"Rock the Casbah" / The Clash
There's an ad on TV right now for...well, I can't even remember what product the commercial's selling (the mark of a failed commercial), but the premise is that two guys are singing along to a rock song and they both get the refrain totally wrong. One guy says it's "Stop the cat box" and the other one insists it's "Lock the cash box," and the doofuses are both wrong -- as any music fan would know, because it's "Rock the Casbah", that irresistible 1982 single by the Clash. As soon as I hear it, I can't get that song out of my head for the rest of the day. No wonder I tuned out the product message.
I don't entirely blame the guys in the commercial (although, come on, it is the title of the song they mangle, which is sheer ignorance). I myself have listened to this song countless times and I still can't catch all the words. But the ones that count -- boogie men, desert, muezzin, Cadillac, prophet, Bedouin, temple, jet fighters, minarets -- are jabbed and hissed quite clearly; you get the point, if not the whole story . . .which, frankly, is kinda fuzzy. Basically, some oil-rich Mideast tyrant is censoring rock music and other personal freedoms, and the fact that it was inspired by the Ayatollah Khomeini is interesting but, 25 years later, not essential.
What matters is those threatening, guttural vocals, punctuated with an occasional hysterical yelp: Somebody is mad as hell and isn't going to take it any more. And the real addictive hook is that chorus: the Middle Eastern shimmying wail "Shareef don't like it" counterpointed by the spat-out reply "Rock! the casbah / Rock! the casbah." The way they sing that line, I'm never one-hundred-percent sure they're not saying "F**k the casbah." It's probably the most significantly mis-heard lyric since the Kingsmen fumbled the line "Each night at ten I SEE her again" (wink, wink) on "Louie, Louie".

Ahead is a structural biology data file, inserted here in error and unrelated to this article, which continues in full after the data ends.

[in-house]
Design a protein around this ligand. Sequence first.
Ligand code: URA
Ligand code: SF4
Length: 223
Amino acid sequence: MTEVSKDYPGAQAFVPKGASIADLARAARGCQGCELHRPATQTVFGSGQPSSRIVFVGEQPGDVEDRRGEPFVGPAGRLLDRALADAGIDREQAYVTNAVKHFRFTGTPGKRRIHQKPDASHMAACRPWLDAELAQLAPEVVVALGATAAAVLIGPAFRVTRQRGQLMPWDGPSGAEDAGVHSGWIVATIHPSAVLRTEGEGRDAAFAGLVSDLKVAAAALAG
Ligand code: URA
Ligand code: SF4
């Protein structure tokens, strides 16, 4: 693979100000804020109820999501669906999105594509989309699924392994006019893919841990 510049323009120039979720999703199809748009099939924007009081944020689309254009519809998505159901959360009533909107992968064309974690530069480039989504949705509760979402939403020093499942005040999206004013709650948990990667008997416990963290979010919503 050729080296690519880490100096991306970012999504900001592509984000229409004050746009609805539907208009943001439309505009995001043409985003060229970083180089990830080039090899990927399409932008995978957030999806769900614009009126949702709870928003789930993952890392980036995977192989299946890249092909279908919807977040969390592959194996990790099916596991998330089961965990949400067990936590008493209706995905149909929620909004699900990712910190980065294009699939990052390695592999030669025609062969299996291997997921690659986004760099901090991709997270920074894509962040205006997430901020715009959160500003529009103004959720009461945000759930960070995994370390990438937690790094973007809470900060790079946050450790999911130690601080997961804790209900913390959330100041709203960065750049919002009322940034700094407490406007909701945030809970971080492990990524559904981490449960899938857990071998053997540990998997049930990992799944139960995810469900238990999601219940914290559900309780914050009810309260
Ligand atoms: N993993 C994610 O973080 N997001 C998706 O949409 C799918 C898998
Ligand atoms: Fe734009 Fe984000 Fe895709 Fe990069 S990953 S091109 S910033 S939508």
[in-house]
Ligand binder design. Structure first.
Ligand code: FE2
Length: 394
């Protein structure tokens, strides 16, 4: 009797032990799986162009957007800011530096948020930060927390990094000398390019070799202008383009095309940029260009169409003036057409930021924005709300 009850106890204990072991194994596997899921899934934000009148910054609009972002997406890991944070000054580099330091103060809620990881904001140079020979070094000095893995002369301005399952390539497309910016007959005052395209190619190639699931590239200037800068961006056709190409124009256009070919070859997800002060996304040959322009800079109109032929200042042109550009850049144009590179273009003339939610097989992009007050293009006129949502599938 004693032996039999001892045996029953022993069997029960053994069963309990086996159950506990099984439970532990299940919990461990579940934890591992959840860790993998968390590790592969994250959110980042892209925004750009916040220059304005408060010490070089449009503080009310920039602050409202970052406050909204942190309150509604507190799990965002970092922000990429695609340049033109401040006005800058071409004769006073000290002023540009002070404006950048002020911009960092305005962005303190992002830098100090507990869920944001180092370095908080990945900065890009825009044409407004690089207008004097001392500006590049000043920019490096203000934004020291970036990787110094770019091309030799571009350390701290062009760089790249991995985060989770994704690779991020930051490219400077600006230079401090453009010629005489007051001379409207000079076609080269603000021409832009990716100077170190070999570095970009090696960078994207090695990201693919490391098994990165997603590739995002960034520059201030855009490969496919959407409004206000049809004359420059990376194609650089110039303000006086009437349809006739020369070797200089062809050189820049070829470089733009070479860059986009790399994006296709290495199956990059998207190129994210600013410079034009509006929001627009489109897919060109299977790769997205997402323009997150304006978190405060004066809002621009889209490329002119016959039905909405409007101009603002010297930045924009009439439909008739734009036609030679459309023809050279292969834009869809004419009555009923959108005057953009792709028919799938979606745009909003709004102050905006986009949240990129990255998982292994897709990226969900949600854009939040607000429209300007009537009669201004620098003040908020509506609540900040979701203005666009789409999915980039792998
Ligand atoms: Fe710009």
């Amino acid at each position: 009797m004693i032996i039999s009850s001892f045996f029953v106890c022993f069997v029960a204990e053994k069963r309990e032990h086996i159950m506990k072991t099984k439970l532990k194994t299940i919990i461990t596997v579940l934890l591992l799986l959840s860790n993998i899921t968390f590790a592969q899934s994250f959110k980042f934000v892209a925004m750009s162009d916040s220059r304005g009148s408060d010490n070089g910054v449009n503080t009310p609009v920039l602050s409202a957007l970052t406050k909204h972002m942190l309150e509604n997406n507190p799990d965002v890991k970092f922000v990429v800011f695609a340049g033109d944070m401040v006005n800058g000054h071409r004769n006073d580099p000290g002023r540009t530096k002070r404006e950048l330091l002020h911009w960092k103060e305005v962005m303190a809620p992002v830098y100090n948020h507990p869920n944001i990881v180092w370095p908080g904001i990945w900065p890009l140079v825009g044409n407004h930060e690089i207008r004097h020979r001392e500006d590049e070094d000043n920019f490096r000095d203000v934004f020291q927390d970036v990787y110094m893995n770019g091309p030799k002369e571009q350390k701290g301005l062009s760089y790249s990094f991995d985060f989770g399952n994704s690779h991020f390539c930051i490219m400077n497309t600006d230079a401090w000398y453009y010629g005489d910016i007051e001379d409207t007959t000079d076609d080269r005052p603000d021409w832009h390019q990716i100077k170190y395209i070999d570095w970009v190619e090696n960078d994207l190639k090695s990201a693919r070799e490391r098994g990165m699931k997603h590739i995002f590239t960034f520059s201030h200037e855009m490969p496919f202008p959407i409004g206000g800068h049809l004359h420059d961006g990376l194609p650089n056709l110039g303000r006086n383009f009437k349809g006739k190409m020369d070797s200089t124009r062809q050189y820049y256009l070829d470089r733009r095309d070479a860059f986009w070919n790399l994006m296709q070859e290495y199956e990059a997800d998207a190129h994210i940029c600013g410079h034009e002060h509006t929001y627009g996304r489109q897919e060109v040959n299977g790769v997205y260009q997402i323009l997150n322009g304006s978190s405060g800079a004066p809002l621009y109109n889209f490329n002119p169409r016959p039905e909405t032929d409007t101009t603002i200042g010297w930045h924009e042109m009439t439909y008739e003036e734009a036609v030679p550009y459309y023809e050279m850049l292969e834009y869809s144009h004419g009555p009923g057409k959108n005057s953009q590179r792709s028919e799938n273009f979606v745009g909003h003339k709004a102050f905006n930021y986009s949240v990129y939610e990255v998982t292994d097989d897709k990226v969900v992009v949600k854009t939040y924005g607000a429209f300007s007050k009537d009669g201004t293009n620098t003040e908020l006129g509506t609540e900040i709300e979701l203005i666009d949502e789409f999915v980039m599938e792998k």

I'm sure that there are still devoted Clash fans around; me, I don't even know the names of the guys in the band. I once owned London Calling but I couldn't put my hands on it today. Still, the Clash's songs have stuck with me more than most of their punk-era contemporaries. I loved this particular song's video, its samizdat look a total slap in the face to MTV's creeping glossiness, with grainy amateur camerawork and the band members cavorting around goofily in home-made sheikh and rabbi costumes.
Sure, it's yet another trademark Clash groin-kick against authority, but it's also a celebration of the crazy joy of rock music; you hear the twiddling piano intro and the spunky drumbeat and immediately you can't help it -- you just WANT TO DANCE. The point being, of course, that dancing to a percussive rock song can be a subversive act in itself.